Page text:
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What's new about New Labour?

Old Labour said it stood for socialism and advocated policies to run capitalism. New Labour says it stands for capitalism and advocates policies to run capitalism. The only difference between the "old" and the "new" versions is that Blair's Labour Party is more honest about its love affair with capitalism.

Back in 1925 George Lansbury, darling of the Labour Left, addressed his party's conference with a rousing declaration:

"Socialism is inscribed on our banners … We intend that the land of Britain and all its resources shall be owned and used in the service of the British people."

It was a peculiarly nationalistic version of socialism, but Lansbury and his followers clearly believed that they were standing for the principle of common rather than private ownership. Two years earlier 143 Labour MPs voted in favour of the following resolution which they proposed in the House of Commons:

"This House declares that legislative effort should be directed to the gradual supersession of the capitalist system by an industrial and social order based on the public ownership and control of the instruments of production and distribution."

Again, there was no mincing words about their professed opposition to capitalism as a social order. Labour was committed to something different, so they proclaimed. But the strategy was one of gradual transformation: fighting the capitalist tiger one claw at a time. Of course, such gradualism is completely impossible when there is a clear choice between mutually exclusive ways of organising society. No more than a person can be a little bit pregnant or a part-time virgin can a society become gradually socialist.

Clement Attlee, who was to become Labour's famous post-war Prime Minister, realised as early as 1935 that

"The plain fact is that a socialist party cannot hope to make a success of administering the capitalist system."

How right he was. We wonder whether this "plain fact" has ever occurred to Messrs Blair, Brown and Cook—or whether they would consider themselves to be in a "socialist party". (Oddly enough, when Blair's Labour Party dropped its mythical commitment to Clause Four of its constitution they replaced it with wording proclaiming themselves to be a "democratic socialist" party.)

What Labour has traditionally meant by "democratic socialism" is benign capitalism. As Professor Eric Hobsbawm put it in an October 1980 article:

"The concept of democratic socialism is that by diffusion of power there will be a change in the relationships between capital and labour . . . Because in the first instance capital has to be accountable to the people it employs."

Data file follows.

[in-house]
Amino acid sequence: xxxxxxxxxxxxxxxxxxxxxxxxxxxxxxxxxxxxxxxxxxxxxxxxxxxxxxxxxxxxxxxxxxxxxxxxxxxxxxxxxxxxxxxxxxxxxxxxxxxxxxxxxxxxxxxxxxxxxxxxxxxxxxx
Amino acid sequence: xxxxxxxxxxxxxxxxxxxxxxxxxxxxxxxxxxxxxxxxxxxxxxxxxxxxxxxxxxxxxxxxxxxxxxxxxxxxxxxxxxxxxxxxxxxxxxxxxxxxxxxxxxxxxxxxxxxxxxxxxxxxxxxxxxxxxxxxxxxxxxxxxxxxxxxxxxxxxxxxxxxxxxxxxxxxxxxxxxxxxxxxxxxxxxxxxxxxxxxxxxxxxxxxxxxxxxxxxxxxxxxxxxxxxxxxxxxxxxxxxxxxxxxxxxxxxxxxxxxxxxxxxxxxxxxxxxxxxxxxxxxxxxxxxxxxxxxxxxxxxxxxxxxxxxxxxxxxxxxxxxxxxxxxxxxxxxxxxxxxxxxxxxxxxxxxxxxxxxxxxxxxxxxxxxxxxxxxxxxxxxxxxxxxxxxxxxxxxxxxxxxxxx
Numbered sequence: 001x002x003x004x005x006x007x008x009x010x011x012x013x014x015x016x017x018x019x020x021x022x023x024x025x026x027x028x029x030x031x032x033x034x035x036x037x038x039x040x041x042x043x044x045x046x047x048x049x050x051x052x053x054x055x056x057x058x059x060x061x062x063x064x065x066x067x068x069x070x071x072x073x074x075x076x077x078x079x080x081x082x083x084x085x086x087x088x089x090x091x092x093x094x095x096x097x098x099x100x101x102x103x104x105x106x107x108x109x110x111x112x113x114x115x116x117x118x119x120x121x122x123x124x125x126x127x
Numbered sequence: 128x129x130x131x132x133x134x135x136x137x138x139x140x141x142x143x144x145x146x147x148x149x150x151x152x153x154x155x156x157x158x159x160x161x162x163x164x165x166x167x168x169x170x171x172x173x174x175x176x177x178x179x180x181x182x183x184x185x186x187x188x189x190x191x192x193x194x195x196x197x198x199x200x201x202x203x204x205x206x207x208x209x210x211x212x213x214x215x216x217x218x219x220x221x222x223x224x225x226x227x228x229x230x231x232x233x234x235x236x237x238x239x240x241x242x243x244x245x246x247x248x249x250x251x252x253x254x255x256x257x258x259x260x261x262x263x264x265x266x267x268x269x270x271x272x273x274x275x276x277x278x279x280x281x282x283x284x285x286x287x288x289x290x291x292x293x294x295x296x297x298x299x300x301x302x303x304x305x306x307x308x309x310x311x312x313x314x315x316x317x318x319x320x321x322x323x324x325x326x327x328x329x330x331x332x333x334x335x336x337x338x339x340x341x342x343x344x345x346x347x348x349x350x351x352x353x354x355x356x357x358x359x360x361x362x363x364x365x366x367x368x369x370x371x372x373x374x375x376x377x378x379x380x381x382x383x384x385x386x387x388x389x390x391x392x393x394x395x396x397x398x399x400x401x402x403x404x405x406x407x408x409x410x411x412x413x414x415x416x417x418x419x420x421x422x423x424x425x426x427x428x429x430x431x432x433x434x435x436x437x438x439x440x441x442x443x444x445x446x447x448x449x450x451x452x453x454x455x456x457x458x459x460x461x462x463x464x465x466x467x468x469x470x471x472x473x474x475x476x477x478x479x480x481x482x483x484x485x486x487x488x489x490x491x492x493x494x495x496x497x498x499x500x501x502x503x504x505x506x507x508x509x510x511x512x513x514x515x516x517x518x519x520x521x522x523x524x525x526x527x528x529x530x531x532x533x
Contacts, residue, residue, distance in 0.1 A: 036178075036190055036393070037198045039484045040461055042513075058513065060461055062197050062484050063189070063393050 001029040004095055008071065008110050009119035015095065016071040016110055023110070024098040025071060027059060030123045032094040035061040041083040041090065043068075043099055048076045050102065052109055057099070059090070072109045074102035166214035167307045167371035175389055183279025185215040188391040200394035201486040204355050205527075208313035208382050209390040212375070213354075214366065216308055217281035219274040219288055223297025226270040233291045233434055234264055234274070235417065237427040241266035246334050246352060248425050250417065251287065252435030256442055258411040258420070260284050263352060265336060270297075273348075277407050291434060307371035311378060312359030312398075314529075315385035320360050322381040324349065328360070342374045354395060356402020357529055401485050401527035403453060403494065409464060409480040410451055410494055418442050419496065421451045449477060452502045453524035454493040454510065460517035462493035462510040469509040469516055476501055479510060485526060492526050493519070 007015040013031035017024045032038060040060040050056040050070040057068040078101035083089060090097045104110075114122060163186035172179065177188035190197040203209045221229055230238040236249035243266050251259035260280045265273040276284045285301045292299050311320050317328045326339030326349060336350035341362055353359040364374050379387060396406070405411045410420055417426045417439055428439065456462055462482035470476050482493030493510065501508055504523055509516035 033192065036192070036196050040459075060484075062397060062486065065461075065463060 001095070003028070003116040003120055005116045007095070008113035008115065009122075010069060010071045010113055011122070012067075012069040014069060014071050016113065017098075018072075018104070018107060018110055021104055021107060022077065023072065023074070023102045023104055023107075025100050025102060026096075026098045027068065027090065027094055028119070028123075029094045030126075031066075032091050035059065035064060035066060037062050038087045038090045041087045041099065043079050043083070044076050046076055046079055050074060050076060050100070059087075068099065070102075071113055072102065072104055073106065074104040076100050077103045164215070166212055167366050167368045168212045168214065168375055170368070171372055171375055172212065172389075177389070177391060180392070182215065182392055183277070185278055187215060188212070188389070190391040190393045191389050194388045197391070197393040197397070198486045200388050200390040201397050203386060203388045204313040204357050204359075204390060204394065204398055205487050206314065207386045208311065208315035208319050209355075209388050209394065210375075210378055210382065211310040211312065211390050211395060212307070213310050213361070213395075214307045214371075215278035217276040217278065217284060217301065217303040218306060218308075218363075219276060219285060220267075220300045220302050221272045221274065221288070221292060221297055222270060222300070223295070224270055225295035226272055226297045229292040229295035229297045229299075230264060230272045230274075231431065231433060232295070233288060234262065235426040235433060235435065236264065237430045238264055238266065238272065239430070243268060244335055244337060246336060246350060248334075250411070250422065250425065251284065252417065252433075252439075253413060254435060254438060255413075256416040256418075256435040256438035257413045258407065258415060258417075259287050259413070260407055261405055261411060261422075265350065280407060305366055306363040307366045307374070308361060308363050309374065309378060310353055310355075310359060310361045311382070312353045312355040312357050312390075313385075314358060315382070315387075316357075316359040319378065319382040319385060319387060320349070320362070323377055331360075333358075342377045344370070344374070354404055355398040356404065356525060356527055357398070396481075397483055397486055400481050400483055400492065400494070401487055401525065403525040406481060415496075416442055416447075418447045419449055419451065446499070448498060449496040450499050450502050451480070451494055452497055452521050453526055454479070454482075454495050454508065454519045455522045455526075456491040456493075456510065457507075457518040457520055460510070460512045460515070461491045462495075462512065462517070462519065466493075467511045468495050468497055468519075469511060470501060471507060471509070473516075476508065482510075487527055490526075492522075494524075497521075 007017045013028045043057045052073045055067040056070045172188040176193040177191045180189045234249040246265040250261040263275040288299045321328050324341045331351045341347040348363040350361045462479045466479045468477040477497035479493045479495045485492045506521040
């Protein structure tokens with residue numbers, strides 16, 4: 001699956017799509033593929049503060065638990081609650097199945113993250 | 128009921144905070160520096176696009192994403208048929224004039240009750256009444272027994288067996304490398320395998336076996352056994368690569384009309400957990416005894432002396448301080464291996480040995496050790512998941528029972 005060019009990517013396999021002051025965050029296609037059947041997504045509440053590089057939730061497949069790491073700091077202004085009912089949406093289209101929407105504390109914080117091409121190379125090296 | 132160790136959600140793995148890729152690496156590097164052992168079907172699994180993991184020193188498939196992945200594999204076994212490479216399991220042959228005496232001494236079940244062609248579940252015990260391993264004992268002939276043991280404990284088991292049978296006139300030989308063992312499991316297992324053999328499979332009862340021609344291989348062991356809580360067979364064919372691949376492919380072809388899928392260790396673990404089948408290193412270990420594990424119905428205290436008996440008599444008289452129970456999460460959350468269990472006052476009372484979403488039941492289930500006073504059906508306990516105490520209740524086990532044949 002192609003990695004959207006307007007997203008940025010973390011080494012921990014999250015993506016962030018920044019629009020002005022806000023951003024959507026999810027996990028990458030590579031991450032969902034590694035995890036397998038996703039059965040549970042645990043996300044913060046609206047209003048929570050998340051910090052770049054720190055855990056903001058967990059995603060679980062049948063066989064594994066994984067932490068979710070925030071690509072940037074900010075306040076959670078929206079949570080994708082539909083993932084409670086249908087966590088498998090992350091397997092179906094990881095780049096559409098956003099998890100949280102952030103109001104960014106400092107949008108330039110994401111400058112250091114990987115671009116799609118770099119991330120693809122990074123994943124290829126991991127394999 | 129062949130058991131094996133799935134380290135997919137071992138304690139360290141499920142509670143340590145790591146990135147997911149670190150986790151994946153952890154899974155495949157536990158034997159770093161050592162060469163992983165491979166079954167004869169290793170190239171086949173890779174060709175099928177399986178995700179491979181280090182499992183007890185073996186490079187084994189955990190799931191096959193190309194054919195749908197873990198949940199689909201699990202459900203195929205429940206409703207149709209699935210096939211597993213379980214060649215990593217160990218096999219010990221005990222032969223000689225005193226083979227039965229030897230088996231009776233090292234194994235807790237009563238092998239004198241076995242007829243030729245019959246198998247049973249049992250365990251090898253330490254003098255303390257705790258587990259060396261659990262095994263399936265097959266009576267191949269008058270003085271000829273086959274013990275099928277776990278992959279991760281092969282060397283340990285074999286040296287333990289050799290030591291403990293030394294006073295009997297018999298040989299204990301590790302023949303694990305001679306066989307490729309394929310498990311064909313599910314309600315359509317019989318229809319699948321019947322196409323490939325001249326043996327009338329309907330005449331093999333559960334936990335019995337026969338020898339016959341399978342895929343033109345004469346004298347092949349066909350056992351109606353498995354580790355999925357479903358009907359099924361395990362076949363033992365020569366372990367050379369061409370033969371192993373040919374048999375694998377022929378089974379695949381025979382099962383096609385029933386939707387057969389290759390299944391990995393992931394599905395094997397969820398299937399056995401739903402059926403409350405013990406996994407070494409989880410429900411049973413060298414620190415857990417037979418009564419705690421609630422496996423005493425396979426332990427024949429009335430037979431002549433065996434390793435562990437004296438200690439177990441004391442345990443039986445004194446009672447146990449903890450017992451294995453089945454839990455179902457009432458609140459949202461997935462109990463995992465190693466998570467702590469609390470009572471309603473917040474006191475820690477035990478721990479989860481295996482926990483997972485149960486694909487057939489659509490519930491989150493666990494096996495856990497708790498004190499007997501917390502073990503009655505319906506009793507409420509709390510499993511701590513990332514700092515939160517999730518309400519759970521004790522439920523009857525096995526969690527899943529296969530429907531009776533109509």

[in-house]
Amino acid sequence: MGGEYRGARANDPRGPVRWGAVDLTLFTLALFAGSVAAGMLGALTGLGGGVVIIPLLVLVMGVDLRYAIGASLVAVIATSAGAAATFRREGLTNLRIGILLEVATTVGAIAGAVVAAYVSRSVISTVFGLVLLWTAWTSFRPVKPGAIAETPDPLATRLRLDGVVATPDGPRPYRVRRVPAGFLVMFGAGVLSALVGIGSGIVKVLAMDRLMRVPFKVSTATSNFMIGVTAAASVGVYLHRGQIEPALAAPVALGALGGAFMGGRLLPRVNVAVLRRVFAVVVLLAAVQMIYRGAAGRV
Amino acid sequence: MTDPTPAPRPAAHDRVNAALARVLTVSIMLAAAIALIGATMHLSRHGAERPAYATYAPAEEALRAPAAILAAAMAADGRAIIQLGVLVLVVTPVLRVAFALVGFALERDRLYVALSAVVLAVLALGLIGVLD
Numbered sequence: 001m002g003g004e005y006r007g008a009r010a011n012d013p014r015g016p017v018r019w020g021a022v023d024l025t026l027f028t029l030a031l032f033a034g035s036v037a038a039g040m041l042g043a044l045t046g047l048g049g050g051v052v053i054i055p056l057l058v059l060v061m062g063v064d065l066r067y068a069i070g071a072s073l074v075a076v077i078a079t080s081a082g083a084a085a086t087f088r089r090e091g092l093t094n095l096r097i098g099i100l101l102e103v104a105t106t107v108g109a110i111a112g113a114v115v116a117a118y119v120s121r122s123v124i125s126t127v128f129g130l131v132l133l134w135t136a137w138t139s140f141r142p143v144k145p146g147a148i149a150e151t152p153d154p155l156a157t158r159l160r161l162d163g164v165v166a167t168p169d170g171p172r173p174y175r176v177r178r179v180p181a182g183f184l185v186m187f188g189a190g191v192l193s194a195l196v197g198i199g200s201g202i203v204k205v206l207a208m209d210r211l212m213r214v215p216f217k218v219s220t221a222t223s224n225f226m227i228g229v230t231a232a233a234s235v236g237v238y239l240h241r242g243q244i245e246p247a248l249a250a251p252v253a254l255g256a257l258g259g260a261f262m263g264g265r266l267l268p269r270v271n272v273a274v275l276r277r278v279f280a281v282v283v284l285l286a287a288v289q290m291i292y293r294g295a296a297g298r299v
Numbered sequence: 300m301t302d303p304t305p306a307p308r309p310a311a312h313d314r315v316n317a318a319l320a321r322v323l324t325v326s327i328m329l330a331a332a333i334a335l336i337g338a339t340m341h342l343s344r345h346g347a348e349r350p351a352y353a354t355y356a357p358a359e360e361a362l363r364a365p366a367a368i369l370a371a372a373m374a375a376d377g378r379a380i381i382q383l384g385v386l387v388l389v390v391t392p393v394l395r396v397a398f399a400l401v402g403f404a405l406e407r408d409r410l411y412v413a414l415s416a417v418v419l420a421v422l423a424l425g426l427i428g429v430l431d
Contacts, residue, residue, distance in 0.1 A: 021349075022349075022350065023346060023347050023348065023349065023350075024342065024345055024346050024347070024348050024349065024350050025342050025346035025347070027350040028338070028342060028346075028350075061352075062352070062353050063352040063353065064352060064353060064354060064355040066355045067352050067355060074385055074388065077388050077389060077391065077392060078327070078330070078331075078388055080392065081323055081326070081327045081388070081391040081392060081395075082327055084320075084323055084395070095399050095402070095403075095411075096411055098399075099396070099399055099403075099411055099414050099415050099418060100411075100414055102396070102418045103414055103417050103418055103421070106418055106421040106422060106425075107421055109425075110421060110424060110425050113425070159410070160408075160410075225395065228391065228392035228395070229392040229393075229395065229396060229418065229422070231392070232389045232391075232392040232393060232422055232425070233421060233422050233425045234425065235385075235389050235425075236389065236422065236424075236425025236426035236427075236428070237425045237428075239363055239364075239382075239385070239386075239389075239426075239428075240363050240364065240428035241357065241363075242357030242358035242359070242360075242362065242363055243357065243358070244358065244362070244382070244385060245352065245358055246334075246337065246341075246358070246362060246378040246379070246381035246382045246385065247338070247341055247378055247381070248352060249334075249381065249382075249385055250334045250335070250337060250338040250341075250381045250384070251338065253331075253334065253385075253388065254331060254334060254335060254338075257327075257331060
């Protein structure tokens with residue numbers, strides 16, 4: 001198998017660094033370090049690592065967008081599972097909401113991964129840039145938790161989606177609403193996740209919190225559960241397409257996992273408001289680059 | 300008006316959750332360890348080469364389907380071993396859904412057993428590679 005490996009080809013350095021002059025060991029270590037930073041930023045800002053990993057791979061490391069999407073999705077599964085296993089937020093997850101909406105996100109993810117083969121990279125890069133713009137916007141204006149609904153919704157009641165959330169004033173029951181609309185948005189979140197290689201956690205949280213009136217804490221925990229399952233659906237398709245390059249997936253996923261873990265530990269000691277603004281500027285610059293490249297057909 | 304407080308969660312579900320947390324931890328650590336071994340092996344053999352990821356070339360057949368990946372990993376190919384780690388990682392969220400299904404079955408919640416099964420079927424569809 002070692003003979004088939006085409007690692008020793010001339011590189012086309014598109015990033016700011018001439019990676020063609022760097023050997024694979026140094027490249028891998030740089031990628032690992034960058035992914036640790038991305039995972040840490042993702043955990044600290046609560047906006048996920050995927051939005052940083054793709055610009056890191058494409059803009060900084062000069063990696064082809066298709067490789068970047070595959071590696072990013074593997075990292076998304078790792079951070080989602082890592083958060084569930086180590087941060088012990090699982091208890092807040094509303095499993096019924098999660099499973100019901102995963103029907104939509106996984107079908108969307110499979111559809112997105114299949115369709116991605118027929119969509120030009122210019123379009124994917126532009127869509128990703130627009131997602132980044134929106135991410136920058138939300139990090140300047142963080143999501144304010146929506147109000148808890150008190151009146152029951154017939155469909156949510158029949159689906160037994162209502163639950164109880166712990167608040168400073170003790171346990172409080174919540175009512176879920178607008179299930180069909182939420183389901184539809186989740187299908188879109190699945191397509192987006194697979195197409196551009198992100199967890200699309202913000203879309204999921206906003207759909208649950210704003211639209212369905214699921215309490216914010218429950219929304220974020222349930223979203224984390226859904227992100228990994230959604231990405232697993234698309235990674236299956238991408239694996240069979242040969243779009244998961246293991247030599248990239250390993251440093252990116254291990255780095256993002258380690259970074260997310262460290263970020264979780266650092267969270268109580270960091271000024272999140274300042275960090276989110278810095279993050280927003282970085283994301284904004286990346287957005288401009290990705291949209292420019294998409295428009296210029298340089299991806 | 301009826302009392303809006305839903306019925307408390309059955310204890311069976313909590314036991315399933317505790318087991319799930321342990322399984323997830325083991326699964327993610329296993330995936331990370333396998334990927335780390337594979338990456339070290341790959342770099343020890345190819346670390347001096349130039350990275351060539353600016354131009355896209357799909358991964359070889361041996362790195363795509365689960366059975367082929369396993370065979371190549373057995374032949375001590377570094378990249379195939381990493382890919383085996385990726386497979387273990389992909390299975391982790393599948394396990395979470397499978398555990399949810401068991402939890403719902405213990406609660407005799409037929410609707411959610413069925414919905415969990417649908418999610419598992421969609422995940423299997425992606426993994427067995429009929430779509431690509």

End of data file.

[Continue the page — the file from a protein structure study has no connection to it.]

This was manifest nonsense, all the more so when uttered by a so-called Marxist theoretician. The function of capital is to exploit labour. Capital can no more be held accountable to labour than muggers can be made accountable to the people they rob on the street. Were this some kind of academic hoax it would be unfunny, but as a basis for political change, in which millions of people have invested their hope, it is a tragedy.

The tragedy is not without its farcical scenes. Its contemporary ideologists have invented a mumbo-jumbo ideology called The Third Way. This is neither capitalist nor socialist, but … who knows? The Third Way is a glib phrase to describe the rhetorical abandonment of socialism and an accommodation with capitalism, albeit an imagined reformed and modernised version of the old system. As Richard Rorty wrote in the New Statesman (8 May 1998):

"We should not let speculation about a totally changed system, and a totally different way of thinking about human life and human affairs, replace step-by-step reform of the system we presently have."

There is nothing new about this. Labour has always stood for step-by-step reform. The only difference is that in the old days they did so with a pretence of aiming at the creation of a totally different way of organising human affairs. Today New Labour is at least being straight. They can see no alternative to capitalism. They have been hypnotised by the blinkered Thatcherite ideology of TINA (There Is No Alternative) into open advocacy of the existing system.

Socialists opposed Labour when they claimed to be working for socialism by running capitalism and we oppose them now that they have finally rejected any alternative to capitalism. The current system, based on production for profit, cannot work in the interest of the majority of people and no amount of "modernising" rhetoric will disguise this fact. That is why socialism is as vital today as it ever was—and New Labour is as hopeless and irrelevant as Old Labour.

SC